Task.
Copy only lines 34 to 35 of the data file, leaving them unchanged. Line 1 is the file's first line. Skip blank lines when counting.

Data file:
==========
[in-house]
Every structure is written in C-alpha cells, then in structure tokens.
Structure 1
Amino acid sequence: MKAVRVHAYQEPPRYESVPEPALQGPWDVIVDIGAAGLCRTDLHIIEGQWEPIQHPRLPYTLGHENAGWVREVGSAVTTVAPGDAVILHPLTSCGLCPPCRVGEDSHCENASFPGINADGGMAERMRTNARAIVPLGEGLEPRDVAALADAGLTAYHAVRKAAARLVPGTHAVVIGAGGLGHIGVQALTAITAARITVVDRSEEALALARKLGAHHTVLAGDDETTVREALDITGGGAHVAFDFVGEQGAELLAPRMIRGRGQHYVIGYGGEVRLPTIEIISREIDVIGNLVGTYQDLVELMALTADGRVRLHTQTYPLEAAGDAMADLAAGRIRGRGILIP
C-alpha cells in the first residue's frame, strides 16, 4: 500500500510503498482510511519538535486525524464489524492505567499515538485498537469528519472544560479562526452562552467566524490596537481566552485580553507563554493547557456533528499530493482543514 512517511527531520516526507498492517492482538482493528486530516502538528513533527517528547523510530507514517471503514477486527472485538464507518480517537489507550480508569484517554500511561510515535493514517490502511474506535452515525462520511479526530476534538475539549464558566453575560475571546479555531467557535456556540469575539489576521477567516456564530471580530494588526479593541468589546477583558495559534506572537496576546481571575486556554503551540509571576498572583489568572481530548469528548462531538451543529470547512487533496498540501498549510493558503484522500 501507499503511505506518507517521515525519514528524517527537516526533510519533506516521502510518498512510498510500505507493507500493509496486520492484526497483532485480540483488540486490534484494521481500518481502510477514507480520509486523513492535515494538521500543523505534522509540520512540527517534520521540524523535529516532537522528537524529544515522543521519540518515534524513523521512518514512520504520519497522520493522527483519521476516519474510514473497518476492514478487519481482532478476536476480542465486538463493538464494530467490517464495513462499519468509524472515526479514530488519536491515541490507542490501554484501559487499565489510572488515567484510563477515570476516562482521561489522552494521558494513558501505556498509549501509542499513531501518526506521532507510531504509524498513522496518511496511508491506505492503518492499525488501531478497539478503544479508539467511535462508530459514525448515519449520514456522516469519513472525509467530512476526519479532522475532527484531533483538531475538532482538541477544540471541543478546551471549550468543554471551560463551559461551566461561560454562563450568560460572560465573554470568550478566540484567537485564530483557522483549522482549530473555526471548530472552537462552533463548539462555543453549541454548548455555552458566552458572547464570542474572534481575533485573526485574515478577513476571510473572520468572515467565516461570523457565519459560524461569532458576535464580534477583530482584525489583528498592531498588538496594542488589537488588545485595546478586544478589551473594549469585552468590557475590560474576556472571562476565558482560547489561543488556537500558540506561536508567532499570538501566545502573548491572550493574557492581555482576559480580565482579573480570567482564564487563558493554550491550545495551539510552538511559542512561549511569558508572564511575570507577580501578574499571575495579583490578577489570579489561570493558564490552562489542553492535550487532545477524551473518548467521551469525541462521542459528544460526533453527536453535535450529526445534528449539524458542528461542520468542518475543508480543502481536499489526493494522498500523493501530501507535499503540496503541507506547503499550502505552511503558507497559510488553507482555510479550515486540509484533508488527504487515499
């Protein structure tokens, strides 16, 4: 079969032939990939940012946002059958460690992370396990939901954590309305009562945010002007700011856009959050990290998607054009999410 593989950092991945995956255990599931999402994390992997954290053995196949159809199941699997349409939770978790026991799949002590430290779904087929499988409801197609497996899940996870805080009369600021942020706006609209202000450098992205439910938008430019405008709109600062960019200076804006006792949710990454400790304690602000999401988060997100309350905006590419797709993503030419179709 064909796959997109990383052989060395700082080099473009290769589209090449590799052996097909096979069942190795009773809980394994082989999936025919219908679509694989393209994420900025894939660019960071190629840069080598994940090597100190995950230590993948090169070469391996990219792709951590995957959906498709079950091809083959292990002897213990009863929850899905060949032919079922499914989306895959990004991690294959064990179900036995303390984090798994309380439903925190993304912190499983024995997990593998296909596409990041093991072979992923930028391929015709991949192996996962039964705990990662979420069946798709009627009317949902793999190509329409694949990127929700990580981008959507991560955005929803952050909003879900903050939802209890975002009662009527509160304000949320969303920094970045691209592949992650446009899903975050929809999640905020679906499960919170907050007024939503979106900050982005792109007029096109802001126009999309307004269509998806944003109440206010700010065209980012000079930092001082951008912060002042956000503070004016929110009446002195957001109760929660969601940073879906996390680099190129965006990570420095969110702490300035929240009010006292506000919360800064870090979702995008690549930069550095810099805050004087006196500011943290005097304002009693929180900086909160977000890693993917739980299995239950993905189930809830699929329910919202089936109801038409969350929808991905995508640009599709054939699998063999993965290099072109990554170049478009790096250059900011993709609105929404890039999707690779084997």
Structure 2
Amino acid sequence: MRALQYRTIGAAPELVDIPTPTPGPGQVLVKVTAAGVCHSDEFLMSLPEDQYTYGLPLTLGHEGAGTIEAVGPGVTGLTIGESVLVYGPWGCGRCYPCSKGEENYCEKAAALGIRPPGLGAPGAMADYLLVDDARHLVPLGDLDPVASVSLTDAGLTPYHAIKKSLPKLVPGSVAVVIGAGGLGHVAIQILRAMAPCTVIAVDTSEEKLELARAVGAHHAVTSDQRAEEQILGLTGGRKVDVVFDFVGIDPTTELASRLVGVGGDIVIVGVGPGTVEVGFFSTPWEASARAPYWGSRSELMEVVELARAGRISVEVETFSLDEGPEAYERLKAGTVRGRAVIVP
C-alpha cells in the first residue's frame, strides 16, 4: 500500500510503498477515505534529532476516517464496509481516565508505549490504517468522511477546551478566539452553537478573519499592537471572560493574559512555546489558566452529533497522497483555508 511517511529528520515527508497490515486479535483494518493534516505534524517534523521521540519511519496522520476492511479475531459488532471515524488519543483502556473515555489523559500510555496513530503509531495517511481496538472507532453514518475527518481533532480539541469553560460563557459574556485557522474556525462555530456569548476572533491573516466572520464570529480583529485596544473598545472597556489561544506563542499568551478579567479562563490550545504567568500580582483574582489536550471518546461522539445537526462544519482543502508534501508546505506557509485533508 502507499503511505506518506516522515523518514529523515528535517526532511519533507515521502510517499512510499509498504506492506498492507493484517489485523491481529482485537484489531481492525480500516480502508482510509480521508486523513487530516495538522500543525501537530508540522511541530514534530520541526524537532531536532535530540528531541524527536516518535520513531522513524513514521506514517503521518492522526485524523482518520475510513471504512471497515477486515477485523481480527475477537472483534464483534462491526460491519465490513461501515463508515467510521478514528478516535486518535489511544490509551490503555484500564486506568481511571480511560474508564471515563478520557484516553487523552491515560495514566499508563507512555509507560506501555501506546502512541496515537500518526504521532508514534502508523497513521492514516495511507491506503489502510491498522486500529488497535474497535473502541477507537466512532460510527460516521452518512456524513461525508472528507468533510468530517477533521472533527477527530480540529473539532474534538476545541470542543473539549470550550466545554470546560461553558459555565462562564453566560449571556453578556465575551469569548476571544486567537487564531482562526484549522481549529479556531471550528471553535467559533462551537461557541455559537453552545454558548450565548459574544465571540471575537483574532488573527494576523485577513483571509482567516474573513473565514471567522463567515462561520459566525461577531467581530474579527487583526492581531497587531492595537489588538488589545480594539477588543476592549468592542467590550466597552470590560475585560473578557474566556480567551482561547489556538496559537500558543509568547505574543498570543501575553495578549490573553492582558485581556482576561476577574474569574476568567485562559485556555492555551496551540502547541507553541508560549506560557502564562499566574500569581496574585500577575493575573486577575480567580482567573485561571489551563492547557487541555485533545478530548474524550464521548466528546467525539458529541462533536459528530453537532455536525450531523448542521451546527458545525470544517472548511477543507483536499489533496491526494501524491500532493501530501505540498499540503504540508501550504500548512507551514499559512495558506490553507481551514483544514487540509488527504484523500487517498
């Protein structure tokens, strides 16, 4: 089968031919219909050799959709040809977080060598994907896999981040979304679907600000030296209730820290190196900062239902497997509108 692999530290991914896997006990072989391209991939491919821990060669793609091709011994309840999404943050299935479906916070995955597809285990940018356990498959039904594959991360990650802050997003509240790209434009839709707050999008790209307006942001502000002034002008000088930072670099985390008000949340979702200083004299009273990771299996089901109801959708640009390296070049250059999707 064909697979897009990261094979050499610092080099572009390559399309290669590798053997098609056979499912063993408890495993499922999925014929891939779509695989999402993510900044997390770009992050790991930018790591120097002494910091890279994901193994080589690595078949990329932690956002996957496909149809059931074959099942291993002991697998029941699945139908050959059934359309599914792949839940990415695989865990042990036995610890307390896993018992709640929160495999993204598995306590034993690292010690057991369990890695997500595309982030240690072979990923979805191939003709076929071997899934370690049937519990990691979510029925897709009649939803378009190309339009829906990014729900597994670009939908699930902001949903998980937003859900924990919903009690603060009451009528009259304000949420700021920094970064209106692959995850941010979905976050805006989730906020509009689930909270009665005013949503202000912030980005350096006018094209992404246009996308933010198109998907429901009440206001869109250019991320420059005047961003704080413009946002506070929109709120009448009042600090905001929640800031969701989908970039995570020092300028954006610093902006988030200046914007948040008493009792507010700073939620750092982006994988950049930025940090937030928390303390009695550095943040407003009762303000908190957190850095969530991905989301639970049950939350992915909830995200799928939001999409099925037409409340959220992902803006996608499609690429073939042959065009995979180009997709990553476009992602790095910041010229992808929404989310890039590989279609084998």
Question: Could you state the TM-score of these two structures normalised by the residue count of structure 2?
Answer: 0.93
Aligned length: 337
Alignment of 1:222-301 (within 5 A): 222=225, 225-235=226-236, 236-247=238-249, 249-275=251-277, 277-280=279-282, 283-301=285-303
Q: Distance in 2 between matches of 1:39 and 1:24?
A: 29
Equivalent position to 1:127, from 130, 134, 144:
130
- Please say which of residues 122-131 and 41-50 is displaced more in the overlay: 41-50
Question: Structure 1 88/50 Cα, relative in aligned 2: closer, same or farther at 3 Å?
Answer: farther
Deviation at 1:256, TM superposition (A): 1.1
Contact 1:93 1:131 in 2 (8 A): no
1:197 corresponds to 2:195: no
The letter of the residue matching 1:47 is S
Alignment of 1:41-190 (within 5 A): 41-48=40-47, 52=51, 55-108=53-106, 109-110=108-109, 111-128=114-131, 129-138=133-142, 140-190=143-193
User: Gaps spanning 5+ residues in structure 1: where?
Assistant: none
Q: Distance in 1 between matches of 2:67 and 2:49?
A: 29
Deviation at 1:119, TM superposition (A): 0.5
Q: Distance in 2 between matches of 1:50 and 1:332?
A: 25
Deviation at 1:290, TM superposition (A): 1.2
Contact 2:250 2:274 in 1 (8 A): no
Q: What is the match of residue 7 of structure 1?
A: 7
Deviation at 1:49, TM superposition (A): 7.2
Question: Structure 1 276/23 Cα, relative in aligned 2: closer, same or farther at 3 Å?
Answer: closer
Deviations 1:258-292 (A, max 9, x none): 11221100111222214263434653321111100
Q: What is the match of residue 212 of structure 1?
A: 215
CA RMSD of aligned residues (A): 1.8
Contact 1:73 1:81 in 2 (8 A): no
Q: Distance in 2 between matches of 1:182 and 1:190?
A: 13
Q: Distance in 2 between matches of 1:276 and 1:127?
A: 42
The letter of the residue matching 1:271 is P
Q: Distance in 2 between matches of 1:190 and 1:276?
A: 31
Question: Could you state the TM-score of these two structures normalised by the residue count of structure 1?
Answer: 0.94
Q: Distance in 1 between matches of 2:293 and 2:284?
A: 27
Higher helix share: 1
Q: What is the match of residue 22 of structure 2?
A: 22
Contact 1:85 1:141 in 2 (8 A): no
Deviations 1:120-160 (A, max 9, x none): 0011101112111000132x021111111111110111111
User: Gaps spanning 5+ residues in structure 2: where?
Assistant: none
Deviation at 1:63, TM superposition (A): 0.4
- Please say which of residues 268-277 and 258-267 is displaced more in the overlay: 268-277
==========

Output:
Deviation at 1:290, TM superposition (A): 1.2
Contact 2:250 2:274 in 1 (8 A): no